Priming Seeds

By Charlie Nardozzi

Seeds of some vegetables, such as heat-loving melons and cucumbers, can fail in cool soils of early spring. One technique expert gardeners use to avoid this is to pregerminate the seeds by soaking them overnight in warm water. After this treatment, the seeds have begun to grow and are ready to be planted. Of course, they must be planted that day or they'll dry out and die.

As good as this trick is, a new twist to it -- adapted from a technique commercial growers call seed-priming -- offers improved flexibility for gardeners. It offers quick growth similar to that of pregerminated seeds, but the seeds don't need to be planted right away.

Here's how to prime melon seeds: Soak seeds in 80° F water only until the seeds swell, usually 6 to 8 hours. Remove the seeds from the water and blot them with paper towels. Let them air-dry on a tray for one day in a cool, dry place, then store them in airtight bags in the refrigerator. Not only do primed seeds germinate faster and more reliably, but they can wait a full year, refrigerated, in their state of readiness.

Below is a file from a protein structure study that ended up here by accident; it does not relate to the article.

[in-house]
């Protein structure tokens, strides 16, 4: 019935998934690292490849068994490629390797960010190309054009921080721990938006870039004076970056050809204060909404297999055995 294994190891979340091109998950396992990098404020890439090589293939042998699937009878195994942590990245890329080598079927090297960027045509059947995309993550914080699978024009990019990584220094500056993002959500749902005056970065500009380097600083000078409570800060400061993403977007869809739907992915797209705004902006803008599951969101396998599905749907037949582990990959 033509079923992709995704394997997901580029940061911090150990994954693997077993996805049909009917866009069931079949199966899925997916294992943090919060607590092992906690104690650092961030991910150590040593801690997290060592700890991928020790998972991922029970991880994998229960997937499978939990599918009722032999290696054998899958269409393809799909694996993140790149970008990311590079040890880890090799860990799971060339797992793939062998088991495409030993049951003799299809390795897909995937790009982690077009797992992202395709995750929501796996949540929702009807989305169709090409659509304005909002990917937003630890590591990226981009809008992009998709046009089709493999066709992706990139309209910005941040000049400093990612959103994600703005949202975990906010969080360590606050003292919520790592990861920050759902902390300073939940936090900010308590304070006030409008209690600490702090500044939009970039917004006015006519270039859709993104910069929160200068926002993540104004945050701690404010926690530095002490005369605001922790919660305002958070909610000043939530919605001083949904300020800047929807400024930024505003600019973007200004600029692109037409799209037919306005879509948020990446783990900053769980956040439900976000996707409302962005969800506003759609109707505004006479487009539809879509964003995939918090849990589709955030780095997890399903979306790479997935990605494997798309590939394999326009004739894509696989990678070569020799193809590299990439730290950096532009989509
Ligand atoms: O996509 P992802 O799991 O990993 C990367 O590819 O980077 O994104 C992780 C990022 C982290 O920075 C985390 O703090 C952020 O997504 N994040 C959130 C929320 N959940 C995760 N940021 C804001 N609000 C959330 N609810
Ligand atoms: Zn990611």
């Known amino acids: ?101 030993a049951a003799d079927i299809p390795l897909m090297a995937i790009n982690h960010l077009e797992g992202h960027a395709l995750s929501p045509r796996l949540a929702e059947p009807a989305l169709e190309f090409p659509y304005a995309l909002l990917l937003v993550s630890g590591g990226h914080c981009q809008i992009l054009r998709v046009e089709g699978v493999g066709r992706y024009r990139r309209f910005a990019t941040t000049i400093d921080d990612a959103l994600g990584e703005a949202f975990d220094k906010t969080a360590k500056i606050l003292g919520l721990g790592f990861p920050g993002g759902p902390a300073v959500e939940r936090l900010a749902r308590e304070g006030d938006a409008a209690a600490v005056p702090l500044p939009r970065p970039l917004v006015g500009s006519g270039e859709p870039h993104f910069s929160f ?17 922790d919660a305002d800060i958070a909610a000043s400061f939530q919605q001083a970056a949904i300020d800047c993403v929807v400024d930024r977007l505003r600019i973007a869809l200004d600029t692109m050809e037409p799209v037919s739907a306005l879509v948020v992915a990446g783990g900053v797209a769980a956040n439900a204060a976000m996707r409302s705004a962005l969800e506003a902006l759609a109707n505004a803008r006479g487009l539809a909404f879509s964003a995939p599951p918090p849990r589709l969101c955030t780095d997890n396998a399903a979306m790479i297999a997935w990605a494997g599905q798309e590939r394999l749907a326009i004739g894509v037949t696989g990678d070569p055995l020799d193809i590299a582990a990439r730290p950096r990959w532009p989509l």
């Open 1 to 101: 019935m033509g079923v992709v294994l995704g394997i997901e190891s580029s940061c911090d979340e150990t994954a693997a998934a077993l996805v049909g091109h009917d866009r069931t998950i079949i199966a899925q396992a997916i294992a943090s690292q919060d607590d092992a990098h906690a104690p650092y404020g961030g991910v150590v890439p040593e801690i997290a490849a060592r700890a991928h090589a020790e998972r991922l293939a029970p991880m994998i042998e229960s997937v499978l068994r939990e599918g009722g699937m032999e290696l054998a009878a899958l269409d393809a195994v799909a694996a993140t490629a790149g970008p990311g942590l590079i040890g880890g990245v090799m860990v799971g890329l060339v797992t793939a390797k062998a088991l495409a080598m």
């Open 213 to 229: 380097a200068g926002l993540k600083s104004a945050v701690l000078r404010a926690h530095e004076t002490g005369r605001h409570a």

There are two caveats: First, if the tiny seedling root, called the radicle, emerges before seeds are dried off and refrigerated, they must be planted right away. Secondly, this technique doesn't work well with the seeds of seedless varieties of watermelons.

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